Anger has it’s place and can be a force for good. It is also a natural response to injustice and a transitory stage of grief. Often it is the surface for a deeper, more painful, feeling and in it we may find safety from the underlying pain. Purpose can be derived from it, but it can also take on a life of it’s own and consume us or, misplaced, obliterate progress and sabotage alliances. It’s a shifty beastie. It is this multifaceted nature that fascinates me, but sometimes I move too quickly to it as a secondary emotion. Sometimes, as was the case with the momma I got to work with in 2008, there are lessons to be learned from the underlying emotion and it’s okay, if not necessary, to sit with pain.

Exercising intention through Easter Eggs

When all the boys came to the yard, lured in by anticipation of milkshakes, they knew about Easter Eggs. They expected something good might happen.

For those that have forgotten, or just didn’t have context for the expression, an Easter Egg is a delightful little surprise. Programmers often tuck them into video games. Rather than thinking or researching, I took the lazy-(wo)man’s way and asked my husband to think of one. He laughed, and responded, “In Grand Theft Auto 5 there’s a tower that is a beast to scale and when you get to the top it says, ‘There’s nothing to see here.” It’s the random thing that you didn’t know you would find that brings a smile to your face. It’s a happy accident that you stumble upon them, but it’s no accident that they are there.

Enter the painted rock. You might find them unexpectedly laying amongst the landscaping stones of the children’s hospital, nestled among the plantings at the park, or just resting on a window ledge at the grocery store. Little gifts in the path, intentionally placed there for whoever might find them. Possibly originating with Megan Murphy of Conneticut’s Kindness Rocks project,, in recent years the painted-rock trend has moved Easter Eggs from the realm of video games and into physical public spaces.

My daughter and exchange student sister Lucia are both painting rocks at my kitchen counter as I write this and my son says, “I don’t see the point. Why would you spend time painting just to leave it for a stranger?” Sometimes the question is the answer. You would paint it to leave it for a stranger, because to everyone who hasn’t met us yet we are all strangers. We need to be reminded that the world is filled with possibility. Acting with intention we can leave a little goodness in the path of whoever might find it.

Leaving “bitch” behind

How many women’s relationship with the word “bitch” is a complicated one? I’d love to have a show of hands.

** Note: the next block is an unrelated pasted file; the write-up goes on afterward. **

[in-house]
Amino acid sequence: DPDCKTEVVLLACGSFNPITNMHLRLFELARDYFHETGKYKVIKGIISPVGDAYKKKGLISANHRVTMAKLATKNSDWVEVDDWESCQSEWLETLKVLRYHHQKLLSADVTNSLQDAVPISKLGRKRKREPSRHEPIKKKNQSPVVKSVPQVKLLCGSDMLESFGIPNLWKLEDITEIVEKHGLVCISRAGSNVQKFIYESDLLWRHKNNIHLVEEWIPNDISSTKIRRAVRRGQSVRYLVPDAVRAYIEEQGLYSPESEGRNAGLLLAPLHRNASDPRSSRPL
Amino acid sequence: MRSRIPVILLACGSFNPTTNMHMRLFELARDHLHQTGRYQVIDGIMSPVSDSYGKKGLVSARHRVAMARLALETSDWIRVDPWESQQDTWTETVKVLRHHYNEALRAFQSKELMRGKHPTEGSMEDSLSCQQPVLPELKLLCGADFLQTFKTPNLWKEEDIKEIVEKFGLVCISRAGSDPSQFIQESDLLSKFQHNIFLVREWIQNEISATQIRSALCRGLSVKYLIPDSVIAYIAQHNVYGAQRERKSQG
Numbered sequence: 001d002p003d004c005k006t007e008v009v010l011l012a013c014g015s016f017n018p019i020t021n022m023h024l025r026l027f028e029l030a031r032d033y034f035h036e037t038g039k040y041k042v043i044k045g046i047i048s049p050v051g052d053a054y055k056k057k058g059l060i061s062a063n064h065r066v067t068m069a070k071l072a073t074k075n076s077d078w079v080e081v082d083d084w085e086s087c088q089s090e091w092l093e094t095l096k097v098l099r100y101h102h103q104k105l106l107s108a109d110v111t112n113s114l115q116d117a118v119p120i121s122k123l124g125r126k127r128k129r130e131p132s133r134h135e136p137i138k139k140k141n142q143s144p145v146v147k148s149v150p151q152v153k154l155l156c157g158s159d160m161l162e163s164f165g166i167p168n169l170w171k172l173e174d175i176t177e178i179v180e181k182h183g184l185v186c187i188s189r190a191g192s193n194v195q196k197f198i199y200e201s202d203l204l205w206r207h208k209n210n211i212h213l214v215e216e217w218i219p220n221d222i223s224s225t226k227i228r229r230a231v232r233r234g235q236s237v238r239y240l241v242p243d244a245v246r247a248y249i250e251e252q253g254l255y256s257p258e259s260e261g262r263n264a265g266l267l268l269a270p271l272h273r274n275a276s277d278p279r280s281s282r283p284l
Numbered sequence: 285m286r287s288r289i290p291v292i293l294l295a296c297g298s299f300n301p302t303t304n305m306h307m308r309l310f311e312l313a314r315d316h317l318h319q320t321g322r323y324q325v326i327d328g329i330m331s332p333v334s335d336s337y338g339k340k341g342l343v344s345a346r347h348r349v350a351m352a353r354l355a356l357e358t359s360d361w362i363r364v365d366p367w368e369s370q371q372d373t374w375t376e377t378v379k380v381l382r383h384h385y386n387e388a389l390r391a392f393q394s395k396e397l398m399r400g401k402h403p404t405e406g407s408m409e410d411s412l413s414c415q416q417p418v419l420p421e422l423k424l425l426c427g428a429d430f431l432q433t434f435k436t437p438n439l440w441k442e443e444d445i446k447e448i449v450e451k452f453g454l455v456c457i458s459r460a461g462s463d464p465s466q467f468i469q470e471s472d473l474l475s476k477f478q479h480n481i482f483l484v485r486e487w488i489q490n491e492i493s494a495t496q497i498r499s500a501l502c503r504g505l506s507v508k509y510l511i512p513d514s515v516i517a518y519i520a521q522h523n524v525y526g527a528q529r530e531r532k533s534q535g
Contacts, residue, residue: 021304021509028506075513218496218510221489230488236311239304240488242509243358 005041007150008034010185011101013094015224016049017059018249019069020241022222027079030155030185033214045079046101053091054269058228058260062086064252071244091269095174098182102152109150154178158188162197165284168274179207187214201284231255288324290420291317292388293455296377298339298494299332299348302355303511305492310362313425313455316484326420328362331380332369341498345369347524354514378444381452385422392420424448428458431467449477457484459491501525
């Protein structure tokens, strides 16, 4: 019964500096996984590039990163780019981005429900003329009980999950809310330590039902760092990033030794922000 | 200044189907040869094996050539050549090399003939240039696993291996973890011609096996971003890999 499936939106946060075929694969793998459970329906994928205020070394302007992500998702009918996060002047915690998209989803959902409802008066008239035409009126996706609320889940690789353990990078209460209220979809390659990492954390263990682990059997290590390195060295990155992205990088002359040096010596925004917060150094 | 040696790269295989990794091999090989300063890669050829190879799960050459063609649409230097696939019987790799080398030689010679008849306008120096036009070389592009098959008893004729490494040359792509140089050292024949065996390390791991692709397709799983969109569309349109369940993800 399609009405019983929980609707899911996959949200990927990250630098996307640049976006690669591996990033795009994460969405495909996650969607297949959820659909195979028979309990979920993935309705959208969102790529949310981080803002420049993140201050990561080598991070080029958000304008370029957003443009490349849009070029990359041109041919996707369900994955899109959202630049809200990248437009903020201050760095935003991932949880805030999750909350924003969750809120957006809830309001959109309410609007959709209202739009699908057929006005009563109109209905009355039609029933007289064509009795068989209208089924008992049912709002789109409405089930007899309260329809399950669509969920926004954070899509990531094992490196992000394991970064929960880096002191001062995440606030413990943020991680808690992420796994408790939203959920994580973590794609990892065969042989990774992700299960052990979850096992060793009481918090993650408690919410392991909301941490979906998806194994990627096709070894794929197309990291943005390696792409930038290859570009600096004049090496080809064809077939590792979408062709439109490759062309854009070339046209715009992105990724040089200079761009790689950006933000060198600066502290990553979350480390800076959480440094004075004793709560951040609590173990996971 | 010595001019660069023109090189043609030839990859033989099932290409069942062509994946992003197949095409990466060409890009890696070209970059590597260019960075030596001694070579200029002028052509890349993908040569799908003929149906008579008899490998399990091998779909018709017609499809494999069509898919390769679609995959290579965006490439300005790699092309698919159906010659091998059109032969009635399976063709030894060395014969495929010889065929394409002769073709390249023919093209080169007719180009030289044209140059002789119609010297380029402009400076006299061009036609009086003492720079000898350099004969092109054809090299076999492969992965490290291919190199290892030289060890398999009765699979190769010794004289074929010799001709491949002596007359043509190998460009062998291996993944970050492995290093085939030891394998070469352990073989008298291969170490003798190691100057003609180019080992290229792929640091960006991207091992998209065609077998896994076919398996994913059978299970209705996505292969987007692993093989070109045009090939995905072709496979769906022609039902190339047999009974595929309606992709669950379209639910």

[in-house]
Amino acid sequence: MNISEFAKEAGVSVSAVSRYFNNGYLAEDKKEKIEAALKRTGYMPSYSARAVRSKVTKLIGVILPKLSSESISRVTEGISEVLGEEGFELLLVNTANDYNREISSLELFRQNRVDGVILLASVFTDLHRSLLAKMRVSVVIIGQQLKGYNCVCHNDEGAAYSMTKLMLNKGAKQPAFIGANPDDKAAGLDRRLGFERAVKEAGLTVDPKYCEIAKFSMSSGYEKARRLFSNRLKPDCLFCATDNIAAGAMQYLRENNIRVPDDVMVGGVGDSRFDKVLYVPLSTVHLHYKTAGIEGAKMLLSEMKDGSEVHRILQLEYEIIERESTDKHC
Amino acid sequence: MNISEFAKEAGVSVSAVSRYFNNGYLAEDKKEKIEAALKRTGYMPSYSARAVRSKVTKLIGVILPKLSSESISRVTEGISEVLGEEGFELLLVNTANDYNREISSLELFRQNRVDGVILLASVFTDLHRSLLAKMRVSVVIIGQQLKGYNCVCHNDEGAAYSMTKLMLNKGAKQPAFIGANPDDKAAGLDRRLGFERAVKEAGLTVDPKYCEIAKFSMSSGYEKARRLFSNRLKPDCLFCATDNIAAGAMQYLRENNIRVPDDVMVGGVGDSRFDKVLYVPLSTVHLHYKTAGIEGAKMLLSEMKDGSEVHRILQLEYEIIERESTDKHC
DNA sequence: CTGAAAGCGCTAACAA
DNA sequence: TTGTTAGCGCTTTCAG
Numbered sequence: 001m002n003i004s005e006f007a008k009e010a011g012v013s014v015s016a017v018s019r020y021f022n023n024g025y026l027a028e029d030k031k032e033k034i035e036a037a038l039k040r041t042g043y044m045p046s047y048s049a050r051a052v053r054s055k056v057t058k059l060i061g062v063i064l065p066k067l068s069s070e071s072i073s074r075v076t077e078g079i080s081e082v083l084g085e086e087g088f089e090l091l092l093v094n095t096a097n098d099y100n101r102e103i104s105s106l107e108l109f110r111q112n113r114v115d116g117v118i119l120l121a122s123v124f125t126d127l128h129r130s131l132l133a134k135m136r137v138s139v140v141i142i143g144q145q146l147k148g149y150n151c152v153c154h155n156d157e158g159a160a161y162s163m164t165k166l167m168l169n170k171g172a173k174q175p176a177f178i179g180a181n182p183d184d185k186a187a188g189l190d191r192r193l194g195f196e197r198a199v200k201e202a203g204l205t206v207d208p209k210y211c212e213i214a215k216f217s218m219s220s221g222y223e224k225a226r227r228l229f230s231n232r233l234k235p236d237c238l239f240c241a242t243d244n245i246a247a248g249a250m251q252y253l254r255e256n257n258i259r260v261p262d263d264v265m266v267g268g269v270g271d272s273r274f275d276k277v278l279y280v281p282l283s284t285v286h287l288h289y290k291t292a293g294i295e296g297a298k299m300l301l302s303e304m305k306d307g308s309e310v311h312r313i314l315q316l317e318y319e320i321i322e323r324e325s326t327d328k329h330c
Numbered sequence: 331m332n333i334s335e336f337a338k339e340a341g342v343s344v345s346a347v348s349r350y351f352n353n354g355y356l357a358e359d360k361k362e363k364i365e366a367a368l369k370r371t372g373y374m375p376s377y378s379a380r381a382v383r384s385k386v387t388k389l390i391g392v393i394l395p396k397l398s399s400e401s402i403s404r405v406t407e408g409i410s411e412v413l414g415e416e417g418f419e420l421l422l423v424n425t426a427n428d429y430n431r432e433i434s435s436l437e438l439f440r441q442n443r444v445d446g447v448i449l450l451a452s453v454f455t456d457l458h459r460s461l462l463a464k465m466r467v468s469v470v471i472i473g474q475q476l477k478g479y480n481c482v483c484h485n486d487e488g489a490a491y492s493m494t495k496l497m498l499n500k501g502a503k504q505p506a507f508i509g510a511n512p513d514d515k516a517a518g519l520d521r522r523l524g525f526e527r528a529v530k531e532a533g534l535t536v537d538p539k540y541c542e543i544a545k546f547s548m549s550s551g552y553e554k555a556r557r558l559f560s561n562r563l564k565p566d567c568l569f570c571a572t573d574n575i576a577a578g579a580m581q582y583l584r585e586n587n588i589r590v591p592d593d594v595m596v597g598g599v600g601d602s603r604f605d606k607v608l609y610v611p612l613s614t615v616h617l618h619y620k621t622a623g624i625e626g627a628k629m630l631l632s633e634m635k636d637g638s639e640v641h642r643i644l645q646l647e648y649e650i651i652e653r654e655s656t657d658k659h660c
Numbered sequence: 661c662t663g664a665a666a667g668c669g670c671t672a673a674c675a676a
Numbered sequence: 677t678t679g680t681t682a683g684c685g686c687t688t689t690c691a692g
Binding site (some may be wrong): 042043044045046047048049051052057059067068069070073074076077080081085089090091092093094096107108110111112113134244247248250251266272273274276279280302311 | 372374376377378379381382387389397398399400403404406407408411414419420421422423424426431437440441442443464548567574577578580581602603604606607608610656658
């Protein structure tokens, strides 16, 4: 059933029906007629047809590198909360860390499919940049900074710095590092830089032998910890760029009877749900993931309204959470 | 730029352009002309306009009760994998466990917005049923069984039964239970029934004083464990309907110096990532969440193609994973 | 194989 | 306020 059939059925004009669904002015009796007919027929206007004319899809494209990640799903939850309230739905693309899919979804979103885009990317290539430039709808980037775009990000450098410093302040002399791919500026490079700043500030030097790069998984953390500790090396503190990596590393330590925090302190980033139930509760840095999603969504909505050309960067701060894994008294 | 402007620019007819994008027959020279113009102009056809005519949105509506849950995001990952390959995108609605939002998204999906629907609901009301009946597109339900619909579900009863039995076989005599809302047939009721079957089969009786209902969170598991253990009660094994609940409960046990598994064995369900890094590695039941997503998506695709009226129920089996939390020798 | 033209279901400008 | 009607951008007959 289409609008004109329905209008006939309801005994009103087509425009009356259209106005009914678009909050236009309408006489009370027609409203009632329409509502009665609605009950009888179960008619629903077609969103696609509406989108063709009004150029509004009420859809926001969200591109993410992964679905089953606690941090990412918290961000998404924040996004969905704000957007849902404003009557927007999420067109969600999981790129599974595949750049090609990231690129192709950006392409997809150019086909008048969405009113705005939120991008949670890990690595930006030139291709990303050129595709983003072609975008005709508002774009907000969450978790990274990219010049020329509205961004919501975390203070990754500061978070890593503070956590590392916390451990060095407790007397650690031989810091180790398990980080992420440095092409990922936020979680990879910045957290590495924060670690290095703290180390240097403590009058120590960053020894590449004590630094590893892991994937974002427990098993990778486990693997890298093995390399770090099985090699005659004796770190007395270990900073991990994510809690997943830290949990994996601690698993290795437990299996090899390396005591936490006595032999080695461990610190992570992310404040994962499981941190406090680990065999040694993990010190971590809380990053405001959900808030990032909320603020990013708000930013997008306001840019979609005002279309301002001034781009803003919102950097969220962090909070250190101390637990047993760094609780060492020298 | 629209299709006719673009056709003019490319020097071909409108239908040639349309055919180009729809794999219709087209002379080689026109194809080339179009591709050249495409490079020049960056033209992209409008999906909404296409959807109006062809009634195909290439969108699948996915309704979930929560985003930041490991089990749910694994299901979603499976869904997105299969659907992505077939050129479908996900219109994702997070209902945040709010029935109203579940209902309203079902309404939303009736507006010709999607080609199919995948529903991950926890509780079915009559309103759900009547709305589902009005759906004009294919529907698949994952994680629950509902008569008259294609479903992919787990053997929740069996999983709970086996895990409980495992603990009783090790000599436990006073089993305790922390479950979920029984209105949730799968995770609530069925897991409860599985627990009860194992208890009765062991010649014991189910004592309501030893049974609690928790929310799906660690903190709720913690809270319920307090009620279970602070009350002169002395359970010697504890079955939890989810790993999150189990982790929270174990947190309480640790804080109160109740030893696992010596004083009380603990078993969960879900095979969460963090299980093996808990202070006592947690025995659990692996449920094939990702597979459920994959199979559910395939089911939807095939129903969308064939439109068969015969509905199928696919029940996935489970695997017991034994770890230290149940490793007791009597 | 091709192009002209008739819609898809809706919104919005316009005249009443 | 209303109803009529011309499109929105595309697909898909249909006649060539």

The complexity of my relationship starts in adolescence, “Hey, bitches!” just as easily spilling out of my lips as, “Hey, girl!” Hugs, makeup, loud music, illicit parties, shoes to match the car (really). At times vapidly uttered, seemingly meaningless.

Did it start as a friendly and daring word between friends or as spat out of boys’ lips? “Don’t be such a bitch.”

These are woven together into invisible protective armor, the armor of bitches. Bitches who have been demoralized, who use sex as a weapon, who have decided that of all the things that they have left to give, caring or fucks are no longer in that inventory. Indeed, she has no more fucks to give.

“Bitch” is about power. When I called my girlfriends my bitches we acknowledged the power in each other. When men called us bitches they expressed anger at that power. When I used and discarded people it was always about power and I felt comfortable in that power and identified, however thoughtlessly, with it and with the word I felt described me.

As good as the armor felt, and it did feel good, the outcome of choosing not to care for or about others’ feelings sucks. It sucks a lot at the end of the day. Or, let’s be honest, at the end of those years. The outcome of treating people badly, even if they allowed it, results in regret and preordained loss. That’s what folks in the parenting expert camp would call “natural consequences.”

It makes a lot of sense that in the context of an unsafe world that doesn’t give a fuck about them, girls would respond by being unsafe themselves and, in turn, declaring that they too don’t give a fuck. Recklessly hurting others because you can feels like power. And, it is. It’s a shitty, horrible power but it is power nonetheless.

The problem herein is that it’s a power born out of defensiveness. Perhaps it’s a necessary power in a world where women have been cast in the role of victims. If you’re predestined to be a victim, it seems you might have to have some defenses and if “bitch” were just a shield, if it just allowed girls to feel powerful in an otherwise hostile culture, we could continue to be bitches, my lady-friends and I. However, “bitch” continues to perpetuate a hostile culture, a culture where girls eat victimhood to become ferocious survivors, but those survivors are still shaped by ever-present danger. You are what you eat is a cliche that holds true.